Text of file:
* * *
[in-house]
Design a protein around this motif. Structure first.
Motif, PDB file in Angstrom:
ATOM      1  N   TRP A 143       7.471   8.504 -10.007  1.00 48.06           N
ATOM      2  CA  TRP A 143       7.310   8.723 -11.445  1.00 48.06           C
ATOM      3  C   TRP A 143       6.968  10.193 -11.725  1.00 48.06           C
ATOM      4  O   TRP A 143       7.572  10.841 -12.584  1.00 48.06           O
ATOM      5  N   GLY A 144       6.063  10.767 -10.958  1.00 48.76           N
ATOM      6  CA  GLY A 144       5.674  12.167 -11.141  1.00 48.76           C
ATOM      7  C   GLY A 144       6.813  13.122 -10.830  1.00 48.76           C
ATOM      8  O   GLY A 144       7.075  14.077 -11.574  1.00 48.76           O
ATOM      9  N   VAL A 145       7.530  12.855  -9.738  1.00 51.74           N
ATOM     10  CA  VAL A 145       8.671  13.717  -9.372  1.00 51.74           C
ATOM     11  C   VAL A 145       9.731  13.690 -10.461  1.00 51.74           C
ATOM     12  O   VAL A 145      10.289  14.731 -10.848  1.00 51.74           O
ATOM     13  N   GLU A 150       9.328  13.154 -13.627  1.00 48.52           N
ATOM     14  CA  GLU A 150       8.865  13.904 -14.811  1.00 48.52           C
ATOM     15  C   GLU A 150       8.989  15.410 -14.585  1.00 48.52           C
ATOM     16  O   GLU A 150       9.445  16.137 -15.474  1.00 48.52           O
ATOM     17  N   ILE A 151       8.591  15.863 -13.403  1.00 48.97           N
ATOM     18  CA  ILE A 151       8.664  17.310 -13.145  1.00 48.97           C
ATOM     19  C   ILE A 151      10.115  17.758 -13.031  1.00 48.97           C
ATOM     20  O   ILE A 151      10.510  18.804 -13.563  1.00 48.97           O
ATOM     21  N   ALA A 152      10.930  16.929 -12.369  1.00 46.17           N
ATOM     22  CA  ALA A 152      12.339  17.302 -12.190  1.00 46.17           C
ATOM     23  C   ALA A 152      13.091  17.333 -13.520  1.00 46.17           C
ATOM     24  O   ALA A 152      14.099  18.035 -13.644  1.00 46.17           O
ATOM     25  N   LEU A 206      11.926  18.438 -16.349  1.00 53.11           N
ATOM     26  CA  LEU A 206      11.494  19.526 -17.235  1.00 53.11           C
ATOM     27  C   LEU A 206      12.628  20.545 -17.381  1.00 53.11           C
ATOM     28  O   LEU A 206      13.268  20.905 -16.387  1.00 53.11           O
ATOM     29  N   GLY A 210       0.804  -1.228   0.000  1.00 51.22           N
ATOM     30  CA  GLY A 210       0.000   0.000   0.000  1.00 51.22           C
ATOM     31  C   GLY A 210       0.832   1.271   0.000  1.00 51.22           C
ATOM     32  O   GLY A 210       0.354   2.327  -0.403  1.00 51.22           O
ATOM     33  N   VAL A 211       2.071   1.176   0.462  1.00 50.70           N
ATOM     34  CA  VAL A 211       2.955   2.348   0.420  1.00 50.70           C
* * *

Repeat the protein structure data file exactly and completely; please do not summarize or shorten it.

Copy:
[in-house]
Design a protein around this motif. Structure first.
Motif, PDB file in Angstrom:
ATOM      1  N   TRP A 143       7.471   8.504 -10.007  1.00 48.06           N
ATOM      2  CA  TRP A 143       7.310   8.723 -11.445  1.00 48.06           C
ATOM      3  C   TRP A 143       6.968  10.193 -11.725  1.00 48.06           C
ATOM      4  O   TRP A 143       7.572  10.841 -12.584  1.00 48.06           O
ATOM      5  N   GLY A 144       6.063  10.767 -10.958  1.00 48.76           N
ATOM      6  CA  GLY A 144       5.674  12.167 -11.141  1.00 48.76           C
ATOM      7  C   GLY A 144       6.813  13.122 -10.830  1.00 48.76           C
ATOM      8  O   GLY A 144       7.075  14.077 -11.574  1.00 48.76           O
ATOM      9  N   VAL A 145       7.530  12.855  -9.738  1.00 51.74           N
ATOM     10  CA  VAL A 145       8.671  13.717  -9.372  1.00 51.74           C
ATOM     11  C   VAL A 145       9.731  13.690 -10.461  1.00 51.74           C
ATOM     12  O   VAL A 145      10.289  14.731 -10.848  1.00 51.74           O
ATOM     13  N   GLU A 150       9.328  13.154 -13.627  1.00 48.52           N
ATOM     14  CA  GLU A 150       8.865  13.904 -14.811  1.00 48.52           C
ATOM     15  C   GLU A 150       8.989  15.410 -14.585  1.00 48.52           C
ATOM     16  O   GLU A 150       9.445  16.137 -15.474  1.00 48.52           O
ATOM     17  N   ILE A 151       8.591  15.863 -13.403  1.00 48.97           N
ATOM     18  CA  ILE A 151       8.664  17.310 -13.145  1.00 48.97           C
ATOM     19  C   ILE A 151      10.115  17.758 -13.031  1.00 48.97           C
ATOM     20  O   ILE A 151      10.510  18.804 -13.563  1.00 48.97           O
ATOM     21  N   ALA A 152      10.930  16.929 -12.369  1.00 46.17           N
ATOM     22  CA  ALA A 152      12.339  17.302 -12.190  1.00 46.17           C
ATOM     23  C   ALA A 152      13.091  17.333 -13.520  1.00 46.17           C
ATOM     24  O   ALA A 152      14.099  18.035 -13.644  1.00 46.17           O
ATOM     25  N   LEU A 206      11.926  18.438 -16.349  1.00 53.11           N
ATOM     26  CA  LEU A 206      11.494  19.526 -17.235  1.00 53.11           C
ATOM     27  C   LEU A 206      12.628  20.545 -17.381  1.00 53.11           C
ATOM     28  O   LEU A 206      13.268  20.905 -16.387  1.00 53.11           O
ATOM     29  N   GLY A 210       0.804  -1.228   0.000  1.00 51.22           N
ATOM     30  CA  GLY A 210       0.000   0.000   0.000  1.00 51.22           C
ATOM     31  C   GLY A 210       0.832   1.271   0.000  1.00 51.22           C
ATOM     32  O   GLY A 210       0.354   2.327  -0.403  1.00 51.22           O
ATOM     33  N   VAL A 211       2.071   1.176   0.462  1.00 50.70           N
ATOM     34  CA  VAL A 211       2.955   2.348   0.420  1.00 50.70           C